Ordering the roles directory into subdirectories


#1

Hola!

I’m evaluating the introduction of Chef in an environment with about 40
different types of server, delivering about 70 different applications
which are running partly different configurations. In other words … a
big mess … or should I say, a big challenge? :wink:

Any way, we’re trying to figure out how to define roles for our
colourful environment. We came up with this:

roles/
|-- dishes/
|-- flavours/
|-- ingredients/
|-- locations/
`-- misc/

I’m trying to categorize the degrees of freedom we have concerning our
application/ operational needs.

  • An “ingredient” is equivalent to a operational component (i.e.
    apache2, nginx, squid…) or an application. Anything we configure or
    deploy.
  • A “flavour” is a special characteristic that can be
    activated/deactivated on a set of servers.
  • A “dish” are things you can define as a set of “ingredients” and
    "flavours". This are i.e. the different types of servers we manage.
  • A “location” will be a group of dishes, i.e. if you create a small
    group of server to deliver a functionality for testing /developing or a
    set of web-servers.
  • “misc” for those thing I forgot about.

We just figured out, that chef doesn’t support this approach.

So my question will be: What will you do to manage this kind of
scenario? I don’t want to work on a directory with way over 100
configuration files, do you see another way to manage this?

Thanks a lot for you help


#2

I’ve recently grown to more than 50 roles and have also realised that it
would be good to stuff them into subdirs or classes of roles that make
sense.

On 29 October 2010 14:09, Christian Requena crekev@googlemail.com wrote:

Hola!

I’m evaluating the introduction of Chef in an environment with about 40
different types of server, delivering about 70 different applications
which are running partly different configurations. In other words … a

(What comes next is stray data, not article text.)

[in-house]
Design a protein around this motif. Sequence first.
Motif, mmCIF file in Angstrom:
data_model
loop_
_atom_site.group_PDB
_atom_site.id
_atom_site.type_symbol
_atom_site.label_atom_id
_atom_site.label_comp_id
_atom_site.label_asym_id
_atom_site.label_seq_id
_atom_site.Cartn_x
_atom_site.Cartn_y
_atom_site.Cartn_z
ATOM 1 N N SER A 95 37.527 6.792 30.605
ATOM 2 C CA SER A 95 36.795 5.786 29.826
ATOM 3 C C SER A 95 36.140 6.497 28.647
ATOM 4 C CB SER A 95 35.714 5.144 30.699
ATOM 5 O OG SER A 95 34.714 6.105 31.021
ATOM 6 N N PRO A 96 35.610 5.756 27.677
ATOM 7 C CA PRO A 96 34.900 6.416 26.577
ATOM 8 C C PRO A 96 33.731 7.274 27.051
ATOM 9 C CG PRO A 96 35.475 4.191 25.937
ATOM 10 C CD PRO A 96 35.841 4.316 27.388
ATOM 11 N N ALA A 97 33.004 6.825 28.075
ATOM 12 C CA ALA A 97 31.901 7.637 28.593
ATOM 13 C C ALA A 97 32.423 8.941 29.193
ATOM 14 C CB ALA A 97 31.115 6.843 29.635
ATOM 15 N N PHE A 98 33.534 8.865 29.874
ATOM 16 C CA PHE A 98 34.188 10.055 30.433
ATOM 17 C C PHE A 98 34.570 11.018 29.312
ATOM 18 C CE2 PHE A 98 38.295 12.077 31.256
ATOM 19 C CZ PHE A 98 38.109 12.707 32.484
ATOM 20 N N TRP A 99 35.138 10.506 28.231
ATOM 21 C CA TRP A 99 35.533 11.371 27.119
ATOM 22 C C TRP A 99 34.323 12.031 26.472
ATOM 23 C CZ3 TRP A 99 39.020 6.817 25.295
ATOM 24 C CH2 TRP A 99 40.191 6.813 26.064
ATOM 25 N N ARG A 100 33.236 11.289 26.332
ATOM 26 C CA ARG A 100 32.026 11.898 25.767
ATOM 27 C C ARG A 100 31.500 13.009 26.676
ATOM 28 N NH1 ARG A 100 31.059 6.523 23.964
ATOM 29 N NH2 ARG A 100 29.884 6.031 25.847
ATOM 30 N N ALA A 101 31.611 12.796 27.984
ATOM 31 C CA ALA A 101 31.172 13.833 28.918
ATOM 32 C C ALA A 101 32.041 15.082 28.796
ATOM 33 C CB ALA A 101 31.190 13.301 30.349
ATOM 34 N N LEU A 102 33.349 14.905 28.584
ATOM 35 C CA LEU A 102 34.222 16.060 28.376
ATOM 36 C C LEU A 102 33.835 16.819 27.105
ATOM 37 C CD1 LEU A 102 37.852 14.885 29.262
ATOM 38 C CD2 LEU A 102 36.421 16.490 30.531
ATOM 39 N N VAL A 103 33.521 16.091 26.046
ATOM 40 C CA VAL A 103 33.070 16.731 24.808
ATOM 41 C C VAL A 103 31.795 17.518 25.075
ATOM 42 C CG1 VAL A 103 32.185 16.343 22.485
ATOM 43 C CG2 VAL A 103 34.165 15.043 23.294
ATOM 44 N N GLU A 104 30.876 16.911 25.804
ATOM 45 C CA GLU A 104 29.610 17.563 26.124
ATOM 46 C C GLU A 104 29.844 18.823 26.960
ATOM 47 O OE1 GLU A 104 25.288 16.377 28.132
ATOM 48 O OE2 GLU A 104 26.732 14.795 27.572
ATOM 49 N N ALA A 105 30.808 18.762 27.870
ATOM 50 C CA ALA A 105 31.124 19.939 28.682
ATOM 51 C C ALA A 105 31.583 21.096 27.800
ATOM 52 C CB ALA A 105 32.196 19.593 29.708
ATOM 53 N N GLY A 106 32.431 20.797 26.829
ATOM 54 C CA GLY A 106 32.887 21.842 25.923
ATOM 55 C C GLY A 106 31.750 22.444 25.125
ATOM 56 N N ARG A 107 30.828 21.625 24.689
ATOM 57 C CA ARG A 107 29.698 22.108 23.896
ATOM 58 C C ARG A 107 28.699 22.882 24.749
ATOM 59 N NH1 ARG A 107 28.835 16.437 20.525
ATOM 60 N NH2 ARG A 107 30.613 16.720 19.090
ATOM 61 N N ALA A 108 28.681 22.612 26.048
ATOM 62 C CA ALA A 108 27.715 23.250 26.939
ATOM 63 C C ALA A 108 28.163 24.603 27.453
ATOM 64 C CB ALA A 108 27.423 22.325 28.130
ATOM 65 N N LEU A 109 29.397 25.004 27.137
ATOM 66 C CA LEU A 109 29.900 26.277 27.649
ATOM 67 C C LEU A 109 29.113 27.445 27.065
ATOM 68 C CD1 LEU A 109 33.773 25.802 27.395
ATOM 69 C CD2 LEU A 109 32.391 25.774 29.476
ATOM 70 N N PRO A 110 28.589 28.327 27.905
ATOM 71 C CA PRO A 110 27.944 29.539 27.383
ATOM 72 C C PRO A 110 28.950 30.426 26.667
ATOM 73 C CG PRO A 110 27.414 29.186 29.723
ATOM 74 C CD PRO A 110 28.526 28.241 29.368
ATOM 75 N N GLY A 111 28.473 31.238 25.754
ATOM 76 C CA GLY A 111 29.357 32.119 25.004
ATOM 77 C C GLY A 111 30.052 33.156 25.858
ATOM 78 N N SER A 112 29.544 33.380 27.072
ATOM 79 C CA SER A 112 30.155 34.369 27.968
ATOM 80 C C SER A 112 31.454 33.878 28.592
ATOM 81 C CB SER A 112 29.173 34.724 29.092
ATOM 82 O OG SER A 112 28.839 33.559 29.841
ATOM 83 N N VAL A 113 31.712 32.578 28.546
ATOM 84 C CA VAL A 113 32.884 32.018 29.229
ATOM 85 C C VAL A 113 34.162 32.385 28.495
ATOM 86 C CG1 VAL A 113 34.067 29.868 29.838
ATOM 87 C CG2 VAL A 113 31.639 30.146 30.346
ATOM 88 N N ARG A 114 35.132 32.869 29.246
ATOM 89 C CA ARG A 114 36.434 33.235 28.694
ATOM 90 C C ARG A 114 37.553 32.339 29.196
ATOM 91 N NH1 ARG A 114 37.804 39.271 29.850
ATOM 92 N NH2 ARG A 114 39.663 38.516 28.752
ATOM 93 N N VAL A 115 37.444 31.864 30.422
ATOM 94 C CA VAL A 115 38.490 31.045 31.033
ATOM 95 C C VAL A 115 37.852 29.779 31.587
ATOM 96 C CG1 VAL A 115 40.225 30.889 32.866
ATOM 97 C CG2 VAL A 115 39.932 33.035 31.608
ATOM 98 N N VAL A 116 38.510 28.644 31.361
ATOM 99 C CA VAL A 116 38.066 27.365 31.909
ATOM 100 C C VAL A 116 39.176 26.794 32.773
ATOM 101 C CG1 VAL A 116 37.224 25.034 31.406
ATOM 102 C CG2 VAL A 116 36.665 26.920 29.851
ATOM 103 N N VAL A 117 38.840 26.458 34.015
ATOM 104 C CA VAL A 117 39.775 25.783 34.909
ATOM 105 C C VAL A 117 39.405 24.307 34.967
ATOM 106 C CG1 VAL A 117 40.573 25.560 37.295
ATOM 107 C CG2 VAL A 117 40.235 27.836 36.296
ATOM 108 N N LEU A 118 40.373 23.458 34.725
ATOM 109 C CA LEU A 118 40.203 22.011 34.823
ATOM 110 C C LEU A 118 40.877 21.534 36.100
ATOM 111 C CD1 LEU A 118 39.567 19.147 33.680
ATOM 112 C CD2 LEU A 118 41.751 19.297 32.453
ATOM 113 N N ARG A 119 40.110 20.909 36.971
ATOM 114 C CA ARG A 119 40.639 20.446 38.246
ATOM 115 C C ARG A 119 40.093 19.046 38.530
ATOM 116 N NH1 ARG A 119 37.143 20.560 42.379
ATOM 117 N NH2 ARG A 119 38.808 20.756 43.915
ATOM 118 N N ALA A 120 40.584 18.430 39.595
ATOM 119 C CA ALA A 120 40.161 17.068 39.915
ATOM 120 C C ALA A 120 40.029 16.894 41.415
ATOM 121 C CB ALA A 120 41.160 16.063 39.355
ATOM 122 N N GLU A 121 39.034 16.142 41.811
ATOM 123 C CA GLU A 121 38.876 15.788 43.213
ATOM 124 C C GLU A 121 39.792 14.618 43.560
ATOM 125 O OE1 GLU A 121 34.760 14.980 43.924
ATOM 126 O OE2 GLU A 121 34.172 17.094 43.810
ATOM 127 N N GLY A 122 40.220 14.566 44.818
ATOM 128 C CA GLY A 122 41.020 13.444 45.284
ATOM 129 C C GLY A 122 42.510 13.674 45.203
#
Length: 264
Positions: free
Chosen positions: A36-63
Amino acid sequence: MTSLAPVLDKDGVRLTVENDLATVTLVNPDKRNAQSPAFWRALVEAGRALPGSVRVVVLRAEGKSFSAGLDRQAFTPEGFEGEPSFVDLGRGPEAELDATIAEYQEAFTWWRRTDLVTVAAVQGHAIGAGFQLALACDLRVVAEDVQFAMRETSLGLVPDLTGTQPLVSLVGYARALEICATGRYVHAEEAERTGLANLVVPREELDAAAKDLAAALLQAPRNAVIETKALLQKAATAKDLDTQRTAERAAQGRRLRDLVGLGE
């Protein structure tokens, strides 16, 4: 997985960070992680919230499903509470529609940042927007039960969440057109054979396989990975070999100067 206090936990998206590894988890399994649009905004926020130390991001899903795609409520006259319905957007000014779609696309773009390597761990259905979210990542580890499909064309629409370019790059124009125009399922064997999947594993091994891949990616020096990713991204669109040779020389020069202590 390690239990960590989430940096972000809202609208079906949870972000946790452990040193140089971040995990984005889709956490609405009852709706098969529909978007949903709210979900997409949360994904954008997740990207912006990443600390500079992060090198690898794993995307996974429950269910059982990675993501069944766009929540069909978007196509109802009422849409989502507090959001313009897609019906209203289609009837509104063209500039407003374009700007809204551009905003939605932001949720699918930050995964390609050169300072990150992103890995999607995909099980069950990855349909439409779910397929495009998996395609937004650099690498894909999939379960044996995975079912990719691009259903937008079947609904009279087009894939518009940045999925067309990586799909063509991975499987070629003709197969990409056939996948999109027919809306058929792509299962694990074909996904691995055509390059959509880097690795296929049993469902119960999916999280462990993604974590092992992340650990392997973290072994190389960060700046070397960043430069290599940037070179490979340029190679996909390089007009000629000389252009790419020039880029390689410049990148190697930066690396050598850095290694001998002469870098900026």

big mess … or should I say, a big challenge? :wink:

Any way, we’re trying to figure out how to define roles for our
colourful environment. We came up with this:

roles/
|-- dishes/
|-- flavours/
|-- ingredients/
|-- locations/
`-- misc/

I’m trying to categorize the degrees of freedom we have concerning our
application/ operational needs.

  • An “ingredient” is equivalent to a operational component (i.e.
    apache2, nginx, squid…) or an application. Anything we configure or
    deploy.
  • A “flavour” is a special characteristic that can be
    activated/deactivated on a set of servers.
  • A “dish” are things you can define as a set of “ingredients” and
    "flavours". This are i.e. the different types of servers we manage.
  • A “location” will be a group of dishes, i.e. if you create a small
    group of server to deliver a functionality for testing /developing or a
    set of web-servers.
  • “misc” for those thing I forgot about.

We just figured out, that chef doesn’t support this approach.

So my question will be: What will you do to manage this kind of
scenario? I don’t want to work on a directory with way over 100
configuration files, do you see another way to manage this?

Thanks a lot for you help


#3

A word of advice, implementing configuration management is a really good